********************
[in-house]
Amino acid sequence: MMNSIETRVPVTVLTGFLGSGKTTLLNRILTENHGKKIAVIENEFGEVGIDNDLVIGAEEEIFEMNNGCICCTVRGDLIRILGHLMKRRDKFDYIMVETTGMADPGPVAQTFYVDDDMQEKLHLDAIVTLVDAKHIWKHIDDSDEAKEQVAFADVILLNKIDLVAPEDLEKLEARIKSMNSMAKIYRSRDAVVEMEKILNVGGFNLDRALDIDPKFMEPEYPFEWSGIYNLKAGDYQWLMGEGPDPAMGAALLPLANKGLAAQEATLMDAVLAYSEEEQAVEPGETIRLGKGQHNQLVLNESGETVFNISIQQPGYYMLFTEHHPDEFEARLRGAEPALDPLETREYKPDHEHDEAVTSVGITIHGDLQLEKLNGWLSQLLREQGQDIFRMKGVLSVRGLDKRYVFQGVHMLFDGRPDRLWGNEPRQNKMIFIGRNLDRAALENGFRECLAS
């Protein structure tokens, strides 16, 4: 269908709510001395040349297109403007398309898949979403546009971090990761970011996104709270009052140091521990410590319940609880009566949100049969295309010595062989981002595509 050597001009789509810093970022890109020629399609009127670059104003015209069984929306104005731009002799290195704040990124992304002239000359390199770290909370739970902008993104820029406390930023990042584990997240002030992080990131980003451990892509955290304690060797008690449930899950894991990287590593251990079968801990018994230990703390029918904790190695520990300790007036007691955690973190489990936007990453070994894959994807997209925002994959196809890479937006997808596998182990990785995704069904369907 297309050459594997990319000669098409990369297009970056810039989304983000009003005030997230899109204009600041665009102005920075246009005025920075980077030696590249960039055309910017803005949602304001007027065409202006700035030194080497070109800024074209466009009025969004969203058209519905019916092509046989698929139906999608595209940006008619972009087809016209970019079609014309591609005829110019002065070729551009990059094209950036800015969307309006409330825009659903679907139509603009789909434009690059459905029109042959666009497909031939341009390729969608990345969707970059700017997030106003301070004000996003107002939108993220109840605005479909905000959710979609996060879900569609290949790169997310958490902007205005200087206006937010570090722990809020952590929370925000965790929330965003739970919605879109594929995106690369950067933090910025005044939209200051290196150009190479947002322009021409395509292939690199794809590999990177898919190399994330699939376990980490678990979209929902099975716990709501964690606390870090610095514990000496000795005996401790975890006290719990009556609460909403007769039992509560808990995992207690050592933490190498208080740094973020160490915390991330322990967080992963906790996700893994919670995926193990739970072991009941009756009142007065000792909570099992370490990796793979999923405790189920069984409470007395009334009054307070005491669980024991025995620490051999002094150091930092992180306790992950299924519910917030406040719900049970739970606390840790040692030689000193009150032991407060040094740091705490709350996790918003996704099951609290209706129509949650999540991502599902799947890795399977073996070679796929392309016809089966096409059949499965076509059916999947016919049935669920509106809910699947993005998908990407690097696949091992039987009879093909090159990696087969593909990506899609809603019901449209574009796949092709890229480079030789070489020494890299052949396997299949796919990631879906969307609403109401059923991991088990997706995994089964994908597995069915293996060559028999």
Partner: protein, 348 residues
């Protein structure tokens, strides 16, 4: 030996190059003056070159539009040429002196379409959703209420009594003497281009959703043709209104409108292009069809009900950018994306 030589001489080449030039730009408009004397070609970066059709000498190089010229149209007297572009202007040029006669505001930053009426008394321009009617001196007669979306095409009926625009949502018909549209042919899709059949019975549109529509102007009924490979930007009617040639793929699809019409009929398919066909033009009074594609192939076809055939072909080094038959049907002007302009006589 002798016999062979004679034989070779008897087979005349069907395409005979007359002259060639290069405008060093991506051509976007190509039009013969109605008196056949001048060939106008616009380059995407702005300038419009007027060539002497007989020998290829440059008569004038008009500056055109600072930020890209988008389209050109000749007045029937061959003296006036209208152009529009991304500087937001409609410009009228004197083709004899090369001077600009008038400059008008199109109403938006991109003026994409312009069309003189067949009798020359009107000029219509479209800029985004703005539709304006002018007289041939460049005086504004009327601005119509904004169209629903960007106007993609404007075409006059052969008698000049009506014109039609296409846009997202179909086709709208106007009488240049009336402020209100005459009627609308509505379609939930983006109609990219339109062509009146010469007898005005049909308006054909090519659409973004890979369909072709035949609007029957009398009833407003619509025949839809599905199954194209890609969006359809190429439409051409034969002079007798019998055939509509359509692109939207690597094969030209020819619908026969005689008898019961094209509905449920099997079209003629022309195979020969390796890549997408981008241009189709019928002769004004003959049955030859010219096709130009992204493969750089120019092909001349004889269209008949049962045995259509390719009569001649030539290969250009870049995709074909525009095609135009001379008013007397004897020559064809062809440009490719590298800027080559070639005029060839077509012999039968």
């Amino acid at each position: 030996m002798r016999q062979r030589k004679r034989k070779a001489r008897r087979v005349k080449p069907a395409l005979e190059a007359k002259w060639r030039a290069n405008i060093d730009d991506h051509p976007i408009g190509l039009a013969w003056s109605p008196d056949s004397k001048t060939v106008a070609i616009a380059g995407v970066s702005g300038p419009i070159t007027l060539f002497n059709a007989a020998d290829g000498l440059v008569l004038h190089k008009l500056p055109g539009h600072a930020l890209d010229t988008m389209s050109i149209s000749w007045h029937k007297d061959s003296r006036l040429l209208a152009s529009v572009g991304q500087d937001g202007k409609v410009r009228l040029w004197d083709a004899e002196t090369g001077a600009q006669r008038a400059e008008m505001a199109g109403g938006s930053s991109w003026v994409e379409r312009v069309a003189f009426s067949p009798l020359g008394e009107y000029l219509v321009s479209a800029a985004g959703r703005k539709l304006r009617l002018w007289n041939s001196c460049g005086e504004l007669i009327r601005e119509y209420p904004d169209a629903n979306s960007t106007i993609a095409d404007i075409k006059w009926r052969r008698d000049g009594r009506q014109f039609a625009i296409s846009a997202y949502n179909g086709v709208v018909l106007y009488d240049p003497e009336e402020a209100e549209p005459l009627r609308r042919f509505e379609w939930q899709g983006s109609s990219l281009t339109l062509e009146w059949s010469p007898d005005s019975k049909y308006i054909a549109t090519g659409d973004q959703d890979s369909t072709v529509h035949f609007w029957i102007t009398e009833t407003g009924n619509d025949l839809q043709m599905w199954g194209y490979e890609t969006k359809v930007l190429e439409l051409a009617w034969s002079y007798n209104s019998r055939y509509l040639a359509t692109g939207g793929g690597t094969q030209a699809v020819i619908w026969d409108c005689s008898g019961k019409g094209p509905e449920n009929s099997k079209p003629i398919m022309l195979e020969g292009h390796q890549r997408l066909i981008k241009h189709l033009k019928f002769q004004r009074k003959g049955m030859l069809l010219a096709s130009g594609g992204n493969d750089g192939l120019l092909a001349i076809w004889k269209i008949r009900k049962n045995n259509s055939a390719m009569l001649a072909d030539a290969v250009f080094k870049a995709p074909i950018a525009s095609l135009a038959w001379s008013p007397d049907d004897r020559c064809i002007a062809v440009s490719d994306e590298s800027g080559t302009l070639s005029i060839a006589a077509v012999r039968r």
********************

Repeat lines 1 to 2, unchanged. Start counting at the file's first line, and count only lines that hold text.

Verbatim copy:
[in-house]
Amino acid sequence: MMNSIETRVPVTVLTGFLGSGKTTLLNRILTENHGKKIAVIENEFGEVGIDNDLVIGAEEEIFEMNNGCICCTVRGDLIRILGHLMKRRDKFDYIMVETTGMADPGPVAQTFYVDDDMQEKLHLDAIVTLVDAKHIWKHIDDSDEAKEQVAFADVILLNKIDLVAPEDLEKLEARIKSMNSMAKIYRSRDAVVEMEKILNVGGFNLDRALDIDPKFMEPEYPFEWSGIYNLKAGDYQWLMGEGPDPAMGAALLPLANKGLAAQEATLMDAVLAYSEEEQAVEPGETIRLGKGQHNQLVLNESGETVFNISIQQPGYYMLFTEHHPDEFEARLRGAEPALDPLETREYKPDHEHDEAVTSVGITIHGDLQLEKLNGWLSQLLREQGQDIFRMKGVLSVRGLDKRYVFQGVHMLFDGRPDRLWGNEPRQNKMIFIGRNLDRAALENGFRECLAS